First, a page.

It’s a present that neither Mom nor Santa could have possibly squeezed under the tree for Thaddeus this Christmas.
But the Sunshine Foundation of Canada managed to make one 10-year-old Langley City boy’s dreams come true just ahead of the holidays.
Thaddeus Flannigan is a Grade 5 Uplands Elementary student, and he hasn’t stopped talking about an excursion he and 72 other kids made to Disneyland earlier this month.
Sunshine changes the lives of children living with severe physical disabilities or life-threatening illnesses by making their dreams come true.
In this case, Thaddeus got to be part of the 64th Sunshine DreamLift out of Vancouver International Airport on Dec. 11. Destination: The happiest place on earth.
Within a 20-hour window, the DreamLift gives kids a true taste of independence. It takes them on a child-led adventure – away from their parents and medical appointments – and transports them to a magical setting far from home.
For Thaddeus it was his first time travelling without his family, and his first time to Disneyland.
“This was definitely a once in a lifetime experience for him,” said Thaddeus’ mother, Candice Welch.
“He’s just now starting to calm down about it,” she said, noting it took a few days to just rest up and recover from the whirlwind trip.
The adventure started with the family staying in a hotel in Richmond ahead of the trip. There wasn’t much sleep the night before, Mom acknowledged – blaming a high level of excitement and the need for participants to be at the airport for a 4 a.m. start.
When the kids arrived in California, each child was matched up with at least one emergency responder buddy. For Thaddeus, he was partnered with Orange County Sheriff Todd Russ for the day, and according to Mom, the pair had a non-stop blast.
The Pirates of the Carribean ride was – without question – the highlight of the trip for Thaddeus. But the Star Wars: Galaxy’s Edge ride was a close second, Thaddeus returning home with a fluffy porg companion.
Admittedly, the scarier rides – like Space Mountain – proved a little too much for this youngster.
“He freaked out and said ‘okay, we’re not doing that again’,” Mom recounted, noting much of Thaddeus’ time in Disneyland was consumed by rides.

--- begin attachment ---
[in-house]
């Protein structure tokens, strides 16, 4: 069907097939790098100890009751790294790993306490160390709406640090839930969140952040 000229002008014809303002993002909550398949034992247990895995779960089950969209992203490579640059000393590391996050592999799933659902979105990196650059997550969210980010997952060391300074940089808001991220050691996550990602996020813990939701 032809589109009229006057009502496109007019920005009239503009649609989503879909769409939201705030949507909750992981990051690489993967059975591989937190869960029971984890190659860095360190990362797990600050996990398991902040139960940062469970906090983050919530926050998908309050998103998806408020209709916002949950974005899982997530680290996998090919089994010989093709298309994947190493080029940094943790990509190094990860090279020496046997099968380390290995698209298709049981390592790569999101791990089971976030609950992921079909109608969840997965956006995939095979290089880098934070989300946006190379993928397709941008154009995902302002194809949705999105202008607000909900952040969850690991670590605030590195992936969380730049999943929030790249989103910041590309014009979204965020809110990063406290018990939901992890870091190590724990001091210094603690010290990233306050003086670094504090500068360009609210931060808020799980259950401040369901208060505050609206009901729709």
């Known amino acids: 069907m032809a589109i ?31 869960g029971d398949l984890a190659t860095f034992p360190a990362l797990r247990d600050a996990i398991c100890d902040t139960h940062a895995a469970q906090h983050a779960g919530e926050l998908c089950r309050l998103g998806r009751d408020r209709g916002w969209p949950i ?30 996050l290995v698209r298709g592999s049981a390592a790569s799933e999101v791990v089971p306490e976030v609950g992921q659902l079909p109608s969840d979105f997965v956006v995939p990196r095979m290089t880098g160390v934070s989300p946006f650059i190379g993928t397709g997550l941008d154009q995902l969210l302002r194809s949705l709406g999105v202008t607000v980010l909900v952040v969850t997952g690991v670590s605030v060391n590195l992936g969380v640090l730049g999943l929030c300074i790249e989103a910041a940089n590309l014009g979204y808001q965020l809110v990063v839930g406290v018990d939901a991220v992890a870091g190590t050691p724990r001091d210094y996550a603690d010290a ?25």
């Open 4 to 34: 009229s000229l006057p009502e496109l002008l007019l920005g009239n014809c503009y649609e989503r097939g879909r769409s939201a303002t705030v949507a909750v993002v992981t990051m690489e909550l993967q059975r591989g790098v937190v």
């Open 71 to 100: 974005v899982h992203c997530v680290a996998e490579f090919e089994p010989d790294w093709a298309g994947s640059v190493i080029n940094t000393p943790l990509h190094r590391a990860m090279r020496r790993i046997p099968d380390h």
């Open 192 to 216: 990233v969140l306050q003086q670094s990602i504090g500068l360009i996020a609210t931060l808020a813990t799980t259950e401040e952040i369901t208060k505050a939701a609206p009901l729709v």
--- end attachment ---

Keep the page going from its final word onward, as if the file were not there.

The young boy was born premature at 31 weeks and weighed only four pounds. Joint contractures at birth prevented him from straightening his arms and legs.
Thaddeus has what his mother describes as central core myopathy – a disease weakening his muscles.
So Thaddeus uses a wheelchair, but it wasn’t a hindrance for the young basketball player. In fact, it probably worked to his advantage getting the young athlete around the park with greater speed.
Having had what he describes as a “great” time, Thaddeus hopes to one day return to Disneyland – this time with his four younger siblings. And, he’s told Mom, he hopes to lure his younger brothers into trying some of those scarier rides – he’ll watch from the sidelines.
As as single mother, Welch isn’t too sure she’ll be able to take all the kids to Disneyland any time soon, but Thaddeus has it all planned out what rides they should take in and what features they should visit – if a return is ever possible.
Thaddeus was nominated for the DreamLift by the neuro-muscular clinic at BC Children’s Hospital, and learned in September that he might be going.
Having never been to Disneyland before, the outing didn’t seem real to Thaddeus until the weekend before – in part, because he didn’t know what to expect.
Now, Mom jokes, all he can talk about is Disneyland, Pirates of the Carribean, and Star Wars.
“I think he took advantage of the fact that it was all about him… going without all of us. It is really kind of nice for the kids. It’s all about them… There’s not a lot of times where he gets a lot of one-on-one time, you know?”
Thaddeus wasn’t the only Langley child to participate. He was joined on the trip by Langley’s Aliska Khaskan, as well as other kids and youth from Metro Vancouver, Victoria, and surrounding areas.
Since its inception in 1987, Sunshine has fulfilled more than 8,500 dreams for children and youth across Canada and coordinated 64 Sunshine DreamLifts.
Is there more to this story?